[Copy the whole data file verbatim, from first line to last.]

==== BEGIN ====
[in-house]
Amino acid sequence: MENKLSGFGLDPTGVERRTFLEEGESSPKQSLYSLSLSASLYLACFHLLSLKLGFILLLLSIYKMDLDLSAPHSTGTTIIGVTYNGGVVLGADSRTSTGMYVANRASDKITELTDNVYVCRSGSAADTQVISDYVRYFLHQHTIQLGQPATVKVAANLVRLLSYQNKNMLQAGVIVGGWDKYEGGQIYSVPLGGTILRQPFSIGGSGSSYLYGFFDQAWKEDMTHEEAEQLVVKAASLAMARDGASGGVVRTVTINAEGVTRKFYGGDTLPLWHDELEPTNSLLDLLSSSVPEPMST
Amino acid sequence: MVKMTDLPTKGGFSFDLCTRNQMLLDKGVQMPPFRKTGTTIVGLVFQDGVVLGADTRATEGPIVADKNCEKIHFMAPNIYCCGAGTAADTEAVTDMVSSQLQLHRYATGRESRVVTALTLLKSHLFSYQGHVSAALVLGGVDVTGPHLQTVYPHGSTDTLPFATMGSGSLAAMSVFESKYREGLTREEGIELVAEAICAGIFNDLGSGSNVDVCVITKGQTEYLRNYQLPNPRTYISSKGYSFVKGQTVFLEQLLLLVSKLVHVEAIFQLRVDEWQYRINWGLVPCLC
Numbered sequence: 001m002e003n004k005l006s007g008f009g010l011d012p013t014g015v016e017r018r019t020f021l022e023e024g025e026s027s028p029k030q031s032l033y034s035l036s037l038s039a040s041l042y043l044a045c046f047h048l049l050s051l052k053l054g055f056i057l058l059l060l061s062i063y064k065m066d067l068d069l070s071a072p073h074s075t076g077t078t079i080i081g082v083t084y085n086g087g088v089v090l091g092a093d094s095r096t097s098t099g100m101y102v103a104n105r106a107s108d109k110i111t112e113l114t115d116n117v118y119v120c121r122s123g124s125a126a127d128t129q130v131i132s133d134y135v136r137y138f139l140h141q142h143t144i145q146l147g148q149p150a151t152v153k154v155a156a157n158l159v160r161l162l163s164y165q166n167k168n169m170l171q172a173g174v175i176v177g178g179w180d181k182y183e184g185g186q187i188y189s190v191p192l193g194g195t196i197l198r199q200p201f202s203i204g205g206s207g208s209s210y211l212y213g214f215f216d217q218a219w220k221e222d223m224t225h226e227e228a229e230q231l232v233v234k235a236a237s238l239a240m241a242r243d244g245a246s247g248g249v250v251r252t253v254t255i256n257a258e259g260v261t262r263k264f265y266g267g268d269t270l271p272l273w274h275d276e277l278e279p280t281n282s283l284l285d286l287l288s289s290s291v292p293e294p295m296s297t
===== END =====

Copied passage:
[in-house]
Amino acid sequence: MENKLSGFGLDPTGVERRTFLEEGESSPKQSLYSLSLSASLYLACFHLLSLKLGFILLLLSIYKMDLDLSAPHSTGTTIIGVTYNGGVVLGADSRTSTGMYVANRASDKITELTDNVYVCRSGSAADTQVISDYVRYFLHQHTIQLGQPATVKVAANLVRLLSYQNKNMLQAGVIVGGWDKYEGGQIYSVPLGGTILRQPFSIGGSGSSYLYGFFDQAWKEDMTHEEAEQLVVKAASLAMARDGASGGVVRTVTINAEGVTRKFYGGDTLPLWHDELEPTNSLLDLLSSSVPEPMST
Amino acid sequence: MVKMTDLPTKGGFSFDLCTRNQMLLDKGVQMPPFRKTGTTIVGLVFQDGVVLGADTRATEGPIVADKNCEKIHFMAPNIYCCGAGTAADTEAVTDMVSSQLQLHRYATGRESRVVTALTLLKSHLFSYQGHVSAALVLGGVDVTGPHLQTVYPHGSTDTLPFATMGSGSLAAMSVFESKYREGLTREEGIELVAEAICAGIFNDLGSGSNVDVCVITKGQTEYLRNYQLPNPRTYISSKGYSFVKGQTVFLEQLLLLVSKLVHVEAIFQLRVDEWQYRINWGLVPCLC
Numbered sequence: 001m002e003n004k005l006s007g008f009g010l011d012p013t014g015v016e017r018r019t020f021l022e023e024g025e026s027s028p029k030q031s032l033y034s035l036s037l038s039a040s041l042y043l044a045c046f047h048l049l050s051l052k053l054g055f056i057l058l059l060l061s062i063y064k065m066d067l068d069l070s071a072p073h074s075t076g077t078t079i080i081g082v083t084y085n086g087g088v089v090l091g092a093d094s095r096t097s098t099g100m101y102v103a104n105r106a107s108d109k110i111t112e113l114t115d116n117v118y119v120c121r122s123g124s125a126a127d128t129q130v131i132s133d134y135v136r137y138f139l140h141q142h143t144i145q146l147g148q149p150a151t152v153k154v155a156a157n158l159v160r161l162l163s164y165q166n167k168n169m170l171q172a173g174v175i176v177g178g179w180d181k182y183e184g185g186q187i188y189s190v191p192l193g194g195t196i197l198r199q200p201f202s203i204g205g206s207g208s209s210y211l212y213g214f215f216d217q218a219w220k221e222d223m224t225h226e227e228a229e230q231l232v233v234k235a236a237s238l239a240m241a242r243d244g245a246s247g248g249v250v251r252t253v254t255i256n257a258e259g260v261t262r263k264f265y266g267g268d269t270l271p272l273w274h275d276e277l278e279p280t281n282s283l284l285d286l287l288s289s290s291v292p293e294p295m296s297t